A country, one of the sixteen Mahājanapadas (D.ii.200; A.i.213 etc.). Frequent references to it are found in the Pāli Canon. It is said that Kuru was originally the name of the chieftains (rājakumārā) of the country and that their territory was later named after them. Buddhaghosa records a tradition (DA.ii.481f; MA.i.184 etc.) which states that, when Mandhātā returned to Jambudīpa from his sojourn in the four Mahādīpas and in the devalokas, there were in his retinue a large number of the people of Uttarakuru. They settled down in Jambudīpa, and their settlement was known as Kururattha. It had many towns and villages.

The country seems to have had very little political influence in the Buddha's time, though, in the past, Pañcāla, Kuru and Kekaka were evidently three of the most powerful kingdoms (See, e.g., J.ii.214). According to the Jātakas (E.g., J.v.57, 484; vi.255. Also Mtu.i.34; ii.419), the kingdom of Kuru was three hundred leagues in extent and its capital, Indapatta, seven leagues in circumference. The ruling dynasty at Indapatta belonged to the Yudhitthila-gotta (J.iii.400; iv.361).

Among the kings of the past, Dhanañjaya Koravya is mentioned several times (J.ii.366; iii.400; iv.450; vi.260 etc.) and reference is also made to a king called Koravya (J.iv.361; v.457) whose son was the Bodhisatta Sutasoma. During the Buddha's time, also, the chieftain of Kuru was called Koravya, and his discussion with the Elder Ratthapāla, who was himself the scion of a noble family of the Kurus, is recounted in the Ratthapāla Sutta (M.ii.65ff). Perhaps at one time the Kuru kingdom extended as far as Uttarapañcāla, for in the Somanassa Jātaka (J.iv.444), Uttarapañcāla is mentioned as a town in the Kururattha, with Renu as its king.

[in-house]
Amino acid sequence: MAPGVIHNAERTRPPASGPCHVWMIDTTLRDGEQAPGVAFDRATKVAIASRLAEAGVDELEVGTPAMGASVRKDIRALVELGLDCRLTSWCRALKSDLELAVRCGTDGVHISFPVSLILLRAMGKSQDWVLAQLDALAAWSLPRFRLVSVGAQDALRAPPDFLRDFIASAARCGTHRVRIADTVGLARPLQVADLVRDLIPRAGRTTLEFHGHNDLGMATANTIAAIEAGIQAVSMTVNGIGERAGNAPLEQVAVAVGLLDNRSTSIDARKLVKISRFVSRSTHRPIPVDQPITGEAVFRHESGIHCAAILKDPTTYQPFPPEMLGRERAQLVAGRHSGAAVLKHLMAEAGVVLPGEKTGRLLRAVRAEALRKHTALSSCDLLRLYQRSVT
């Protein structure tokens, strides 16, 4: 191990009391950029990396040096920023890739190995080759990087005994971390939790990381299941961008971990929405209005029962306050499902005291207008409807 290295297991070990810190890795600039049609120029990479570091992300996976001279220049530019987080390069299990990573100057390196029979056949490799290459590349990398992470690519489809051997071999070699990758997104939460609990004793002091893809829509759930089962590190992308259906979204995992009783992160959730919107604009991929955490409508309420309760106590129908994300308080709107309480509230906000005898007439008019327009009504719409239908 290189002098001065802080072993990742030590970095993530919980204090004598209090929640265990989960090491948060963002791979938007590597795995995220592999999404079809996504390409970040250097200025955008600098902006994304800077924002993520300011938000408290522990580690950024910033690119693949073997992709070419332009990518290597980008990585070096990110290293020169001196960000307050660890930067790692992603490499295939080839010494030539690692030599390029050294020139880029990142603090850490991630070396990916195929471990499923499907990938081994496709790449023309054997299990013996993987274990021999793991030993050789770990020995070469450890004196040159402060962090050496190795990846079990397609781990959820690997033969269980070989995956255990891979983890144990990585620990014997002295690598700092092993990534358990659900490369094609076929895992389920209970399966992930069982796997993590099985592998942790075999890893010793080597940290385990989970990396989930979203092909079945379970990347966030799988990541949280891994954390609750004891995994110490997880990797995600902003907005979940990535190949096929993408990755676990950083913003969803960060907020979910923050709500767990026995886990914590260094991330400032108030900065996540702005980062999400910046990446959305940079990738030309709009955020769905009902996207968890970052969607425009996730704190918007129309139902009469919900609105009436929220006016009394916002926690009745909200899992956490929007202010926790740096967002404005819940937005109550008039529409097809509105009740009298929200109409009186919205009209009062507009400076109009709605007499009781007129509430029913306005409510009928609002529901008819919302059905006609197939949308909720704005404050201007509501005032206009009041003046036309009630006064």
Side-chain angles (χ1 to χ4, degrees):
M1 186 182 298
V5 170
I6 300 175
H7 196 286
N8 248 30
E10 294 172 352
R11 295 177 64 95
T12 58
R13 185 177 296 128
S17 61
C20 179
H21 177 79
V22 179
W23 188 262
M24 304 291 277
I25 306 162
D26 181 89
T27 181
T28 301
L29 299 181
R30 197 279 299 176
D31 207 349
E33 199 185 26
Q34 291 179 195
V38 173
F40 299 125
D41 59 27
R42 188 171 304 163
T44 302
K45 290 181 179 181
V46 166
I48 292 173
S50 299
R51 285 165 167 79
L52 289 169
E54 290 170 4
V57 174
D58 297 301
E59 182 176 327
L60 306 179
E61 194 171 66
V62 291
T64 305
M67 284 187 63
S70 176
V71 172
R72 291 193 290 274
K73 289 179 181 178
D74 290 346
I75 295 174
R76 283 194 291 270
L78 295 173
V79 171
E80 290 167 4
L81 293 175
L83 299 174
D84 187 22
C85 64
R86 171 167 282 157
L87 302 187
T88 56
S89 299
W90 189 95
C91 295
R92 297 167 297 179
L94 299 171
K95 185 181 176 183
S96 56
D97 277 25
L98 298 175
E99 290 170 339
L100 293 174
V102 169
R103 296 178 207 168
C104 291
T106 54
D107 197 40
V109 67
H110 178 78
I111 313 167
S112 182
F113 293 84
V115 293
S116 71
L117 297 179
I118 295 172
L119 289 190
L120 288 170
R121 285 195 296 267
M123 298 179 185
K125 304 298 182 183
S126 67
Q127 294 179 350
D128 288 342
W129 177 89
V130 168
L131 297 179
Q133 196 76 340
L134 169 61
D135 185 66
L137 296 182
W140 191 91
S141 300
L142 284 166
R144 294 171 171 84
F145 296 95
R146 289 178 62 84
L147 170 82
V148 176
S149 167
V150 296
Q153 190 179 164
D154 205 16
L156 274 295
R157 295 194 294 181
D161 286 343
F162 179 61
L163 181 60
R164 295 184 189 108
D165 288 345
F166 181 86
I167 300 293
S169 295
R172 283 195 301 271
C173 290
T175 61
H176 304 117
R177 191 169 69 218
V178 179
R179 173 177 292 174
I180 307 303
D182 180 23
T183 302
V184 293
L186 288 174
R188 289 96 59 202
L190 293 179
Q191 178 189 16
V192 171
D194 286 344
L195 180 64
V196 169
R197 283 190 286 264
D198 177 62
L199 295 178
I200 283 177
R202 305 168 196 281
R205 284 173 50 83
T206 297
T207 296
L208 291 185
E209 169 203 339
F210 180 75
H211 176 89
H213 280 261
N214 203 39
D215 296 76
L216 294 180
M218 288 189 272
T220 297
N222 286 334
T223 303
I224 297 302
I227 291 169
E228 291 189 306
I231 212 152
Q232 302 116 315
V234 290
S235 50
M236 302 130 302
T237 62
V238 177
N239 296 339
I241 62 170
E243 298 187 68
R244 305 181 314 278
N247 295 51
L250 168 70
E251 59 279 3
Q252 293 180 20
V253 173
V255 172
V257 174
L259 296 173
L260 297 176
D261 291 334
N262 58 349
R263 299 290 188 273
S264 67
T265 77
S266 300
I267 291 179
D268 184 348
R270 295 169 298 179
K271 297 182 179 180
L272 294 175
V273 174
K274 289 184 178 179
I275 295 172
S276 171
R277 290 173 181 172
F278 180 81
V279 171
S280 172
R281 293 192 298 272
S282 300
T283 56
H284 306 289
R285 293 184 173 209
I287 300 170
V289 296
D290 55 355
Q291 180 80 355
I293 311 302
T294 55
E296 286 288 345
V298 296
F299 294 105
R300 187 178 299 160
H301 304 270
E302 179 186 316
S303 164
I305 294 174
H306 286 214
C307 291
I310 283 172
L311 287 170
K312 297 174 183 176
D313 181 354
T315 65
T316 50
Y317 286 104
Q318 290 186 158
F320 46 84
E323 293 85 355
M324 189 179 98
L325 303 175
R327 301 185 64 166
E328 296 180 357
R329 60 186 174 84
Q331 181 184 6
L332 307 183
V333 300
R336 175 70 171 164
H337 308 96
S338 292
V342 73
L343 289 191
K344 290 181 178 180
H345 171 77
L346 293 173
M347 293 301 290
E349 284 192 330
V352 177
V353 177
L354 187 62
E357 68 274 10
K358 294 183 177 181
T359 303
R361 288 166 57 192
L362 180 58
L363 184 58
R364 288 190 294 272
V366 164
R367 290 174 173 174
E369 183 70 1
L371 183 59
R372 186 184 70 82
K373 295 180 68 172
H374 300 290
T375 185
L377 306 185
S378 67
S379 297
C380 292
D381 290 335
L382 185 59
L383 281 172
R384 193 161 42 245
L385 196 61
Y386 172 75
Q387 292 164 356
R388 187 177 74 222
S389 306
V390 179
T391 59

Koravya had a park called Migācīra where Ratthapāla took up his residence when he visited his parents (MA.ii.725).

The people of Kuru had a reputation for deep wisdom and good health, and this reputation is mentioned (MA.i.184f; AA.ii.820; they were also probably reputed to be virtuous; see the Kurudhamma Jātaka) as the reason for the Buddha having delivered some of his most profound discourses to the Kurus, for example, the Mahānidāna, and the Mahāsatipatthāna Suttas. Among other discourses delivered in the Kuru country are the Māgandiya Sutta, the Anañjasappāya Sutta, the Sammosa Sutta and the Ariyavasā Sutta. All these were preached at Kammāssadhamma, which is described as a nigama of the Kurūs, where the Buddha resided from time to time.

Another town of the Kurūs, which we find mentioned, is Thullakotthika, the birthplace of Ratthapāla, and here the Buddha stayed during a tour (M.ii.54; ThagA.ii.30). Udena's queen, Māgandiyā, came from Kuru (DhA.i.199), and Aggidatta, chaplain to the Kosala king, lived on the boundary between Kuru and Ariga and Magadha, honoured by the inhabitants of all three kingdoms (DhA.iii.242).

The Kuru country is generally identified as the district around Thānesar, with its capital Indapatta, near the modern Delhi (CAGI.379f).

See also Uttarakuru.

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